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Last Updated: Thursday, 1 November 2007, 18:20 GMT
Uganda rebels release peace dove
An LRA fighter (July 2006)
The LRA has fought a 21-year rebellion in the north
The Ugandan rebels' chief negotiator Martin Ojul has released a white dove in the capital, Kampala, as a symbol of the group's commitment to peace.

It is the Lord's Resistance Army's first official visit to the city as part of efforts to end their brutal two decade rebellion in the north.

"We're here, committed to make sure we get a final agreement," Mr Ojul said.

During the visit, the rebels hope to meet the president and go up north to discuss justice and reconciliation.

They are being accompanied by some of the mediators and observers from the talks taking place in southern Sudan, where LRA leaders signed a truce with the government in 2006.

They were greeted at Entebbe airport by the interior minister and the government's chief negotiator at peace talks, Dr Ruwakana Rugunda

The value of what we are doing starting today is much higher than the fear
LRA spokesman Godfrey Ayoo

LRA leader Joseph Kony remains at a rebel camp across the border in the Democratic Republic of Congo.

He has refused to take part in long-running but stalled talks unless the International Criminal Court lifts an arrest warrant against him and other top rebel leaders.

On Wednesday, the LRA once again dismissed reports of fighting between Mr Kony and his deputy, leading to mass desertions and a split in the movement.

The person making the accusations is the LRA's Opiyo Makasi who arrived at Entebbe airport on Thursday evening after surrendering last week in DR Congo.

Sticking point

The BBC's Sarah Grainger in Kampala says the room where the LRA was holding its news conference was so packed that it was moved outside in the dark to the car park.

Map

"We have always invited our brothers and sisters to come home - we are glad they have done so. And it shows progress that has so far been made in peace talks," Dr Ruganda said at the press conference.

Mr Ojul said that he had come to find peace for his people as he released the dove.

Our correspondent says the symbolic release didn't go entirely to plan as the tired dove careered off into the crowd and did not get very far.

Earlier, LRA spokesman Godfrey Ayoo admitted that the team had security fears about their visit but insisted that they will forge ahead with their mission.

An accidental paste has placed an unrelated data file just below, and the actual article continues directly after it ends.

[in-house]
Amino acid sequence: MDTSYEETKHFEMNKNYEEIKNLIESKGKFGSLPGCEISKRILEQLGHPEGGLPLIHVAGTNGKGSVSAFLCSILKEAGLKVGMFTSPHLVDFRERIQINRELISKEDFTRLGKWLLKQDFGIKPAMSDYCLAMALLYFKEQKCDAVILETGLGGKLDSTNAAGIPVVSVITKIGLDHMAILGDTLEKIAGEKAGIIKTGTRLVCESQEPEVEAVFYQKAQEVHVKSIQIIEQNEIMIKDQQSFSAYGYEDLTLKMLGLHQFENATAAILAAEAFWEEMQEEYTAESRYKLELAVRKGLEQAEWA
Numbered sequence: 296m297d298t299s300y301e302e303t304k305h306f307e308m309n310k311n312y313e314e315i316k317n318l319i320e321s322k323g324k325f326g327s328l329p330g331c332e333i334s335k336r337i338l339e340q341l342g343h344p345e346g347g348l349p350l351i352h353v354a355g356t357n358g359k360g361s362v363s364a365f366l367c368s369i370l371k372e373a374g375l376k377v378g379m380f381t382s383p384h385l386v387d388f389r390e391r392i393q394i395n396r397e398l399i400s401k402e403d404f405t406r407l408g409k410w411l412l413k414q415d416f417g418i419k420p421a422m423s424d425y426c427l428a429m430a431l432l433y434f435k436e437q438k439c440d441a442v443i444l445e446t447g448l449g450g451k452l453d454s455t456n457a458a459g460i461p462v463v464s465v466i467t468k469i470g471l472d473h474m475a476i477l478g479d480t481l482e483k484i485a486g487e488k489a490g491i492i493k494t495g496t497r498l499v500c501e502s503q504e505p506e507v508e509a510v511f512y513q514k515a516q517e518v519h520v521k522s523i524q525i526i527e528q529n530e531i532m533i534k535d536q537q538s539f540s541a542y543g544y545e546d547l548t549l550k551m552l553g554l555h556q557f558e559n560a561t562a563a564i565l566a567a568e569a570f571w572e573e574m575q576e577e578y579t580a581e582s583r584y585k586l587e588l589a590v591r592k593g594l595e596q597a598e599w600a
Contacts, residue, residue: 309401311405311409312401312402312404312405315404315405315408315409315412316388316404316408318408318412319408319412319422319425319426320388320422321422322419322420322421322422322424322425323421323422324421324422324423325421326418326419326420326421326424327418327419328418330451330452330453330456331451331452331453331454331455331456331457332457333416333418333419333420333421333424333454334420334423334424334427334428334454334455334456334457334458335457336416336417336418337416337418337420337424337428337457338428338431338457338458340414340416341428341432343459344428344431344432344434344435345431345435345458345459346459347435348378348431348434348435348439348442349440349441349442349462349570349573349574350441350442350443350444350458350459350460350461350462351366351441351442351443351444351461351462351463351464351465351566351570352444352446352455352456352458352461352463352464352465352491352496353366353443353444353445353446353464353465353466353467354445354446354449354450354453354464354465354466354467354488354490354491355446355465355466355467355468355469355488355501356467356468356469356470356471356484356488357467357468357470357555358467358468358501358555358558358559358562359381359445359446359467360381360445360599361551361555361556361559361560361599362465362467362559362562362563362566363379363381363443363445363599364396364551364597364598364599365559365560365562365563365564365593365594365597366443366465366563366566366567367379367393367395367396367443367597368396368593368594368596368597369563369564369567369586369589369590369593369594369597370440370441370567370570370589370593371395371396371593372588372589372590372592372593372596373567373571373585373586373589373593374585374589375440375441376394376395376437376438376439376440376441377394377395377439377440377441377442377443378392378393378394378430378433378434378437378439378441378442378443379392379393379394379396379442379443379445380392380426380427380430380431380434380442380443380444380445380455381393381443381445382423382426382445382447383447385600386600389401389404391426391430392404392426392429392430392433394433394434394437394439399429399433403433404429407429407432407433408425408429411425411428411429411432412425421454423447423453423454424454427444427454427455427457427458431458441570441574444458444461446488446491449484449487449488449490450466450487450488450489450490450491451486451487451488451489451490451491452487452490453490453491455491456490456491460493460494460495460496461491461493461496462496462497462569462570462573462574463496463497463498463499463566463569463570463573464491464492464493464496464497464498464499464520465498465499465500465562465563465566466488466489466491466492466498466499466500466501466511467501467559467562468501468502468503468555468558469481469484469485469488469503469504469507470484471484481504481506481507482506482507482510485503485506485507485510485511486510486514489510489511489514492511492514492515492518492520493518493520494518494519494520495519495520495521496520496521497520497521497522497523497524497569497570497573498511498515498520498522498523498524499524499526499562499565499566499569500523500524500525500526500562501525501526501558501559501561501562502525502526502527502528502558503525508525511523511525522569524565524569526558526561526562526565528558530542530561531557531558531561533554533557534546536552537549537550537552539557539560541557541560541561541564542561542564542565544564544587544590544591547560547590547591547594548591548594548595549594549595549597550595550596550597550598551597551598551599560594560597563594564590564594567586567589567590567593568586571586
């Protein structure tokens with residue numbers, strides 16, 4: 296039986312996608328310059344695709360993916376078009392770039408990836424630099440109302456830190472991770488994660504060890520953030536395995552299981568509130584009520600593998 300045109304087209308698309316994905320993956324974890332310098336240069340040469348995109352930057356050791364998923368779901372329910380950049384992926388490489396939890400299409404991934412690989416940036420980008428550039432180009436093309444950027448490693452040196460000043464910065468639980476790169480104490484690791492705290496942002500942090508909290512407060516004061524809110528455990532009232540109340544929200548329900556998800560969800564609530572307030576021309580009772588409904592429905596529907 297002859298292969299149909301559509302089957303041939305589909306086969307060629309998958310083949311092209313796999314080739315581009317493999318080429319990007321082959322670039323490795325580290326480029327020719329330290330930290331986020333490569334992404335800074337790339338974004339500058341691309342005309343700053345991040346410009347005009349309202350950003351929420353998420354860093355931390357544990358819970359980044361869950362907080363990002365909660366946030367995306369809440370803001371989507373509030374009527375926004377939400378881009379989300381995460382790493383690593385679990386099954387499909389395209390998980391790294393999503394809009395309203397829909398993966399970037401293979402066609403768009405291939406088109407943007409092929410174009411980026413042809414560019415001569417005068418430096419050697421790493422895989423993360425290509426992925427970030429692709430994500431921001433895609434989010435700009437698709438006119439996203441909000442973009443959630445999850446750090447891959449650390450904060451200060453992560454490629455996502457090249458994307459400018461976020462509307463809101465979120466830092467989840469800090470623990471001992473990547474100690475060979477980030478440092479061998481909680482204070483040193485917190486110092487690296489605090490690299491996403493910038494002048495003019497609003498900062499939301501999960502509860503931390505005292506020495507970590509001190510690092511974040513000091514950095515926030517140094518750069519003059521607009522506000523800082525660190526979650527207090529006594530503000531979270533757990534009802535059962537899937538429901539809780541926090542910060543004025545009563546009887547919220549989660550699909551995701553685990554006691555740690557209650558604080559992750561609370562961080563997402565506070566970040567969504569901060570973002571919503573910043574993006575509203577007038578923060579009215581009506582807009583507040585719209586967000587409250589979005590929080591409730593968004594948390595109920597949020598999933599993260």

"The value of what we are doing starting today is much higher than the fear, we want this to be the last conflict in Uganda whereby people will never again take up weapons to resolve their problems," Mr Ayoo told the BBC.

Mr Ojul will travel to northern Uganda on Friday where he will carry out consultations with local politicians, community leaders and the general public on the issue of justice and accountability.

This is a key sticking point in the negotiations, our reporter says.

The government and the rebels have decided broadly on how justice and reconciliation should be handled.

But the agreement signed in June fails to address the issue of the ICC, our correspondent says.

Traditional forms of justice have been suggested as an alternative to the ICC but are much less punitive.

During their rebellion, the rebels used the abduction of children and mutilation of adults to bolster their cause.

More than one million people have been driven from their homes.

Vital

The LRA delegation hopes to meet President Yoweri Museveni during their time in Kampala.

Children in a camp for displaced people in northern Uganda
More than 1.5m people still live in displacement camps in the north

The seeds of the conflict were sown in the defeat of the Ugandan army in 1986 by forces loyal to Mr Museveni.

The defeated fighters fled north, reformed and eventually rallied behind a spiritualist - Alice Lakwena.

She was in turn defeated a year later, leaving a power vacuum in northern Uganda.

It was this vacuum that Mr Kony filled.

In recent years, with dwindling support from Sudan, the LRA have been on the run.

The BBC's Africa analyst Martin Plaut says finding sanctuary in remote areas of DR Congo and funding their operations from diamond mines, the rebel movement is a shadow of its former self.

But ending their rebellion is still vital if peace is to come to northern Uganda, he says.

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